Wouldn't there be a lot more trucks, workers, noise and pollution resulting from a commercial weed farm than there would be from a small horse farm? Also lots of pesticides and much, much higher water use. San Juan has limited fresh water, I've seen several places there that ask that you don't flush the toilet with every use, and their water pressure is quite low. The Rices should have talked to the neighbors before putting all that money into their weed operation. This article is very pro weed farmers, but would you want to live in a place where big trucks are constantly going through your land, and your well water might get contaminated with pesticides or dry up if the weed farm dig lots more wells on their land? Marijuana takes much more water to grow than many crops. If the neighbors are thy small farmers, their farms would suffer.

I don't think the reporter should have tried to make this case out to be a rich vs poor case; anyone who has 1.5 millions to put into a weed farm isn't poor! It also doesn't sound like an anti-weed problem. The Rices say that San Juan is their home, but they seem to disregard that it's also their neighbors' home. If the neighbors are older and wish to live there for the rest of their lives, having the constant noise, pollution, problems with pesticides, and water shortage would be a big burden, surely they are also entitled to some rights? Especially since there's no way for them to escape the trucks driving through their land. The easement is for residential use only, the Rices claim because the neighbors were nice and didn't complain about the horse farm, that means they can't complain about ANY commercial operation. I don't think that's how residential easements work, especially since the horse farm hasn't been there long enough to vest a right-of-way use. At least that's what I was told about my neighbor's use of part of my driveway.

I realize the Stranger is weed-friendly, but it is important for good reporters to not be biased in reporting, no?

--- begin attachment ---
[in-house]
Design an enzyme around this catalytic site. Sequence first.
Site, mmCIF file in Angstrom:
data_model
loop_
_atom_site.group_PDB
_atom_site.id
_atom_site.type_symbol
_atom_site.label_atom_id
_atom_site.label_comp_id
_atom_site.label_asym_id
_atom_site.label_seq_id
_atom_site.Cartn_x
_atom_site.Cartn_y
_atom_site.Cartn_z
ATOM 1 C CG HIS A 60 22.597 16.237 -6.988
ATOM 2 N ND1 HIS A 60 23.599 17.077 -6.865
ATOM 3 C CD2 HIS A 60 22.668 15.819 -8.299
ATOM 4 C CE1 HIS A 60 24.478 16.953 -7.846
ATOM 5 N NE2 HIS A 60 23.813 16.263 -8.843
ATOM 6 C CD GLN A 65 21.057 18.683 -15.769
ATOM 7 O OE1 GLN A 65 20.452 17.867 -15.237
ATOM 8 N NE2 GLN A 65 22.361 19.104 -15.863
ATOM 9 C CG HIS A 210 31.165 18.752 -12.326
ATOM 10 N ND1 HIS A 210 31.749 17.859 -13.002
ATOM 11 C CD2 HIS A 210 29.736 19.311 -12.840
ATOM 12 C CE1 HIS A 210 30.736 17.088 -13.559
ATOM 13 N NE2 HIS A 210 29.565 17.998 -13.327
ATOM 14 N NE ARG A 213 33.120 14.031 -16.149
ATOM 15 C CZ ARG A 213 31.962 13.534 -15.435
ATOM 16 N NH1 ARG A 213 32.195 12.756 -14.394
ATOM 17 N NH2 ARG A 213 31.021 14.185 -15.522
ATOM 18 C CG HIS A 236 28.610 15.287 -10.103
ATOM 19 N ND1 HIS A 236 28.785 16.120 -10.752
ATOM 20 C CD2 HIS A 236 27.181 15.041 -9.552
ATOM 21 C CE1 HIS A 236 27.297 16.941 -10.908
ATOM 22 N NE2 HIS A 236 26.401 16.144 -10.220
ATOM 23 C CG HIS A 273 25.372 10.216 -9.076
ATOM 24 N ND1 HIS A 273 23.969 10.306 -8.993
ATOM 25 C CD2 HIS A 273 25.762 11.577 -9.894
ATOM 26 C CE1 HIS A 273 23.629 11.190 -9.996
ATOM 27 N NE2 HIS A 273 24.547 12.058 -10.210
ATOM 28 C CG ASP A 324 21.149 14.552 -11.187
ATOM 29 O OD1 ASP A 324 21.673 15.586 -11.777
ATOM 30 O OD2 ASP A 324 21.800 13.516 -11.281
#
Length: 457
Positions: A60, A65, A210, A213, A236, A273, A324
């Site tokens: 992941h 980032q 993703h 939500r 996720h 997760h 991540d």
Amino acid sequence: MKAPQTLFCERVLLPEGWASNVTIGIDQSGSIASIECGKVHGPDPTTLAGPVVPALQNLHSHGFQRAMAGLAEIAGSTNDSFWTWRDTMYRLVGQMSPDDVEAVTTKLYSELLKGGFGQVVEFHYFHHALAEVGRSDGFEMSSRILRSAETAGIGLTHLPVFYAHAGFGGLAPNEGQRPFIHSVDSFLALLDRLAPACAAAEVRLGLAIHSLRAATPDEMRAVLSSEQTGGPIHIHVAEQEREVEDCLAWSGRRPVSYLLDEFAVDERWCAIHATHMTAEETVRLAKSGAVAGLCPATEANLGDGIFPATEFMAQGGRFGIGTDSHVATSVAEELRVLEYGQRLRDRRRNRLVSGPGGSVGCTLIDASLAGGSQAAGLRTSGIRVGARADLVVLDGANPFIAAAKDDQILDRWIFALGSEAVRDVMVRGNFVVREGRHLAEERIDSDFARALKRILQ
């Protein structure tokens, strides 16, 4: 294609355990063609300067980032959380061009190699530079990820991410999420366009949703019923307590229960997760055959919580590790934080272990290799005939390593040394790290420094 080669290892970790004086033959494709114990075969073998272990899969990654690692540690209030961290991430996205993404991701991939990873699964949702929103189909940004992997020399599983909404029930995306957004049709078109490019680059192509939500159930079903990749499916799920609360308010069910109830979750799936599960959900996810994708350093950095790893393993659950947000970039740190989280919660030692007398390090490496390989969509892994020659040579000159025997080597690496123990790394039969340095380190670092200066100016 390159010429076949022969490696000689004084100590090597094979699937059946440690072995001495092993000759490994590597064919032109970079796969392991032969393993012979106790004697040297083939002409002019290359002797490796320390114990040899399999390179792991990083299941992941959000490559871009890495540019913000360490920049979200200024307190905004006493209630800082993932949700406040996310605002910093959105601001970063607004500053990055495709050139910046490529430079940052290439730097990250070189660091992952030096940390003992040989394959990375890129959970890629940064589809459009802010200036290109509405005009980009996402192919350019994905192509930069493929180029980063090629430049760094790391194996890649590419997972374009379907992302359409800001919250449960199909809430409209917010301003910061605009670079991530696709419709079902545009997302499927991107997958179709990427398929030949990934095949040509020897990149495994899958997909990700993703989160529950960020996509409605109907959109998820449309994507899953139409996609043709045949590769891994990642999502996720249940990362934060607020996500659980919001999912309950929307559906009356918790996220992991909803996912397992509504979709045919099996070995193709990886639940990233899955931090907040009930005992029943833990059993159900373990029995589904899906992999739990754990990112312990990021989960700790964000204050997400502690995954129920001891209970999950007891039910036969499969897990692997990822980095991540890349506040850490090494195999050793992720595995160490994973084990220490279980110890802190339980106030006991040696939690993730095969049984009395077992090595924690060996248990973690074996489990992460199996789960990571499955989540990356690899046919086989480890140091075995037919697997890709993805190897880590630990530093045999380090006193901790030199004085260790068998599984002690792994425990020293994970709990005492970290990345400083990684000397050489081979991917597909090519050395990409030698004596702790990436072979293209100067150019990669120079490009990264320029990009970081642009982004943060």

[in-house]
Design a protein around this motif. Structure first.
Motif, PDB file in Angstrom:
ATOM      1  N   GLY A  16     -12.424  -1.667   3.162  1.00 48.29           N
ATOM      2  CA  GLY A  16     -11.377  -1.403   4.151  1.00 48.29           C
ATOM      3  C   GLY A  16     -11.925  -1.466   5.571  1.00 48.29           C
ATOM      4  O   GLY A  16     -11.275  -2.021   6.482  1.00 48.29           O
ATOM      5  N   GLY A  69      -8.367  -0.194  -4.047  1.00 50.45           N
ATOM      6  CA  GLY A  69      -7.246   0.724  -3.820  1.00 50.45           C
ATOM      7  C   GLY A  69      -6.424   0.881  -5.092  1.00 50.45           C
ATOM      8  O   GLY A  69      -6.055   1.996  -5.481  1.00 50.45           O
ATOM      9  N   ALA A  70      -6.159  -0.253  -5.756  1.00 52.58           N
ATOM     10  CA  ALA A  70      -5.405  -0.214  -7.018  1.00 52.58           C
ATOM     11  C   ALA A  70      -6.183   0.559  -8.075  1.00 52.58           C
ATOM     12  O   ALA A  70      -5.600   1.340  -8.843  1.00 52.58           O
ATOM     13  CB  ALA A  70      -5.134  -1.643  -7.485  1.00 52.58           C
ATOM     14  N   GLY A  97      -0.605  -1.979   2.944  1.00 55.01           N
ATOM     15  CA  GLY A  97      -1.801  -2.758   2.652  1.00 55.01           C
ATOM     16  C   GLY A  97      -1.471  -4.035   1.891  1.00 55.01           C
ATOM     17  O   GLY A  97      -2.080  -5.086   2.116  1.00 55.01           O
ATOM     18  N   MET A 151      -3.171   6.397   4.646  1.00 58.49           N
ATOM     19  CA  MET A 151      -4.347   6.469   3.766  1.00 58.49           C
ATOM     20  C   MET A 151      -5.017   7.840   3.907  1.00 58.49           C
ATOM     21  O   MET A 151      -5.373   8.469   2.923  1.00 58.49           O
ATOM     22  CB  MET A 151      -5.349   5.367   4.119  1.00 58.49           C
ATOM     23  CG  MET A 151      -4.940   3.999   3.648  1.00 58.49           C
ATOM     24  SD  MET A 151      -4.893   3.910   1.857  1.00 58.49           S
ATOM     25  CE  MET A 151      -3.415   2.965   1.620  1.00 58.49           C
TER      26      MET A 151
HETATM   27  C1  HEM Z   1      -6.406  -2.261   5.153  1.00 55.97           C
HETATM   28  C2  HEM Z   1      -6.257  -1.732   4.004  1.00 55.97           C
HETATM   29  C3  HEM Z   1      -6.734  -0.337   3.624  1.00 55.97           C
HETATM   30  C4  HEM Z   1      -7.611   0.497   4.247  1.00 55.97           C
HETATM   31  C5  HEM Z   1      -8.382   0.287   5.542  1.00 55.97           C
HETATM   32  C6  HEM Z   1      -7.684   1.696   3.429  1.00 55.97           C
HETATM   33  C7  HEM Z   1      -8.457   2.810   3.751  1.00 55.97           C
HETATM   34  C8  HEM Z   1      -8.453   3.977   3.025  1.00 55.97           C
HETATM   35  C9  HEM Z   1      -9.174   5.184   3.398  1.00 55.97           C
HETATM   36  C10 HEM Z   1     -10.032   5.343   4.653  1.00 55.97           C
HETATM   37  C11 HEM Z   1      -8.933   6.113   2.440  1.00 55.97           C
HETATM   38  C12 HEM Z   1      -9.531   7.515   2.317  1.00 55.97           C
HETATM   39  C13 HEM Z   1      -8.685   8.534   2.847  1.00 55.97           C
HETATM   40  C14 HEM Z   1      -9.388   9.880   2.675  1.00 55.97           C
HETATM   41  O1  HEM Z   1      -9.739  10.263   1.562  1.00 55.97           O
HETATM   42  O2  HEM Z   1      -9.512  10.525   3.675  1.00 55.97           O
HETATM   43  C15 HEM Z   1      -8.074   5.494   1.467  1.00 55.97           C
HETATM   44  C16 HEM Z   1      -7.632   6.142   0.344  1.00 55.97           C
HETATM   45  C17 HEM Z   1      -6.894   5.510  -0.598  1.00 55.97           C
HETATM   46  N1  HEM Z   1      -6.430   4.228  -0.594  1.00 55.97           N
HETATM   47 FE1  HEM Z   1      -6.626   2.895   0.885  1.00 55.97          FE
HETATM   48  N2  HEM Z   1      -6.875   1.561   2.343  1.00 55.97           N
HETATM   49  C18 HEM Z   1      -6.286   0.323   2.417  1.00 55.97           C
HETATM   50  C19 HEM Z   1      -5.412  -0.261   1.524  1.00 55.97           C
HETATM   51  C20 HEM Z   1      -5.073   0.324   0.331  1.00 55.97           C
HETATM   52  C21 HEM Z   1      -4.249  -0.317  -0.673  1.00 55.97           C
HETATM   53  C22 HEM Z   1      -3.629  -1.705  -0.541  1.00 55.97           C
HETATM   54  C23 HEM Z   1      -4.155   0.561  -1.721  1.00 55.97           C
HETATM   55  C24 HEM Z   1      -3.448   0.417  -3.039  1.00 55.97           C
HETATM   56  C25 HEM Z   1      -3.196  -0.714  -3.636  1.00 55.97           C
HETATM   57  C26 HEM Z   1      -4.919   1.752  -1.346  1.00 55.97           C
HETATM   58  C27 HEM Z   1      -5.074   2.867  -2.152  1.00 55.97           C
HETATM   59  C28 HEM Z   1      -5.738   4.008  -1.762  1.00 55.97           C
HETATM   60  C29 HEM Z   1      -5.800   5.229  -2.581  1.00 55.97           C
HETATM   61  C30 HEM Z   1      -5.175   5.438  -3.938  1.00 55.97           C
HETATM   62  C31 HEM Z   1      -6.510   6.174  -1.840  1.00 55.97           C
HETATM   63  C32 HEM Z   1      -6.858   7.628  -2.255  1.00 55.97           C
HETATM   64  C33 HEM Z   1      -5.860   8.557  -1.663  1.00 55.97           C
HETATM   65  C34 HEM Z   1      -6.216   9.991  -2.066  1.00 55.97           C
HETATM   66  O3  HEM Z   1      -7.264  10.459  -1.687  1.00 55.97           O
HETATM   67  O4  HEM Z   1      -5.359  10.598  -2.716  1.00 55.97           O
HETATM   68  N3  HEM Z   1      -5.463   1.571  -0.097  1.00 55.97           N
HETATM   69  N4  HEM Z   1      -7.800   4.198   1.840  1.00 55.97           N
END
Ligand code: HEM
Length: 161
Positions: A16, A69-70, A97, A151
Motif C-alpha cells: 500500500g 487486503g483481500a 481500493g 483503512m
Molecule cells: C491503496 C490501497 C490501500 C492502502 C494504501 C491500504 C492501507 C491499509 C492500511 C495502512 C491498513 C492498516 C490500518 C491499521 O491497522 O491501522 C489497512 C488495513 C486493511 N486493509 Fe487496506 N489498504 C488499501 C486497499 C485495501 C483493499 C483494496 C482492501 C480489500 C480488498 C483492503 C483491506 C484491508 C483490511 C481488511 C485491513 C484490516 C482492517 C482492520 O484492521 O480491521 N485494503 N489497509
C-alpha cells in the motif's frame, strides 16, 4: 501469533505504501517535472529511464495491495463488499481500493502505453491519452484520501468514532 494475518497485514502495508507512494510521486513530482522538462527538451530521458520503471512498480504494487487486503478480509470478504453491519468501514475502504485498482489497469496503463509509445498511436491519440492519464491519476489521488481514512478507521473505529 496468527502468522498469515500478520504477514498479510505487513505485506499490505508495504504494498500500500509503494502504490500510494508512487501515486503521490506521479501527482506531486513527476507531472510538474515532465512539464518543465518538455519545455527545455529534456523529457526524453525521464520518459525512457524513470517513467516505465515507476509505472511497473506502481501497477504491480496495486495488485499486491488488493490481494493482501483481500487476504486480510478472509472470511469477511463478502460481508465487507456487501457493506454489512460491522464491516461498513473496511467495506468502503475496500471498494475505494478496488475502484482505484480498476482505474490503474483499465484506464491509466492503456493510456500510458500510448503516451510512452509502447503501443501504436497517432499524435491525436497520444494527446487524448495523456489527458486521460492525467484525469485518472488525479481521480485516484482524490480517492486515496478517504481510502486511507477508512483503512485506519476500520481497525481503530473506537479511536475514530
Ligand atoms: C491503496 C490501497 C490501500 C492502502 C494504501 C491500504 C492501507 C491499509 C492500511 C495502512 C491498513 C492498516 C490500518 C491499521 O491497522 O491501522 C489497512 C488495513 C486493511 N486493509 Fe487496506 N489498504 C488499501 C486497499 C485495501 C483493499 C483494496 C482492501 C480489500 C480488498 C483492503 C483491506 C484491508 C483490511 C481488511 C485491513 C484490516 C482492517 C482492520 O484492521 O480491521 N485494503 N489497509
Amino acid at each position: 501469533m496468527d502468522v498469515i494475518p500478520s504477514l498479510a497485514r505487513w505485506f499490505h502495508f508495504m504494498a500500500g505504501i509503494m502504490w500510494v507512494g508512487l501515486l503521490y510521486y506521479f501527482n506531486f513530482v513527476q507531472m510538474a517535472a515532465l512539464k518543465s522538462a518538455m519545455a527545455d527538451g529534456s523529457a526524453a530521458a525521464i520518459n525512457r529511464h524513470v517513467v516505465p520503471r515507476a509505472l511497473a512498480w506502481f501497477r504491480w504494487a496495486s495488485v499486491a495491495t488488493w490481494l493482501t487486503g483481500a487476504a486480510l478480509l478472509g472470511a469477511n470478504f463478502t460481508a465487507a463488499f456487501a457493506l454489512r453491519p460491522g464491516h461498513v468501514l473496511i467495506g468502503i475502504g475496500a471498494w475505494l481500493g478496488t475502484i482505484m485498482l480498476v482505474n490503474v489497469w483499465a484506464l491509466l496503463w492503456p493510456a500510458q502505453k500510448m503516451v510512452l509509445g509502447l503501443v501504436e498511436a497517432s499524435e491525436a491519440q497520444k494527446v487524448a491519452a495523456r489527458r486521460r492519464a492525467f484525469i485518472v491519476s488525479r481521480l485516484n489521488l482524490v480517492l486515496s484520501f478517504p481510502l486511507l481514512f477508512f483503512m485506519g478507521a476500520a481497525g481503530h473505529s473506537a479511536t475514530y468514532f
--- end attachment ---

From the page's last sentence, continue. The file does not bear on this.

No pesticides...one of the only certified organic operations in Washington. There are not one, but two stands of trees (aka mini evergreen forests) and a massive field separating the farm and the neighbors. Making the operation impossible to see from their houses. No big trucks, just a few regular cars and trucks. It all came down to 10 feet of the long road did not have an easement. The neighbors are petty, awful, mean people that have caused serious strife and bad vibes in a community that we have all been proud to be a part of for generations. We all hope they move away and will boycott their businesses indefinitely.
Are the Nolans' catering and contracting businesses in lawful use of the easement? What's good for the goose is good for the gander... There are faults on both sides here, and it's a good object lesson in getting one's i's dotted and t's crossed before investing in and developing property, especially regarding use access, because NIMBY neighbors can exercise a lot of clout and cause a lot of hassle and delay even if they're in the wrong.

The judge's objectivity is in doubt here as well, exemplified by his use of the word "audacity" in describing respondent's legal challenges. At best that's intemperate language raising a valid question of his judicial temperament and appearance of fairness. I don't think his ruling on the easement restriction is wrong, though.
i would love if someone burned that island down and the natives moved back in..you know, the original inhabitants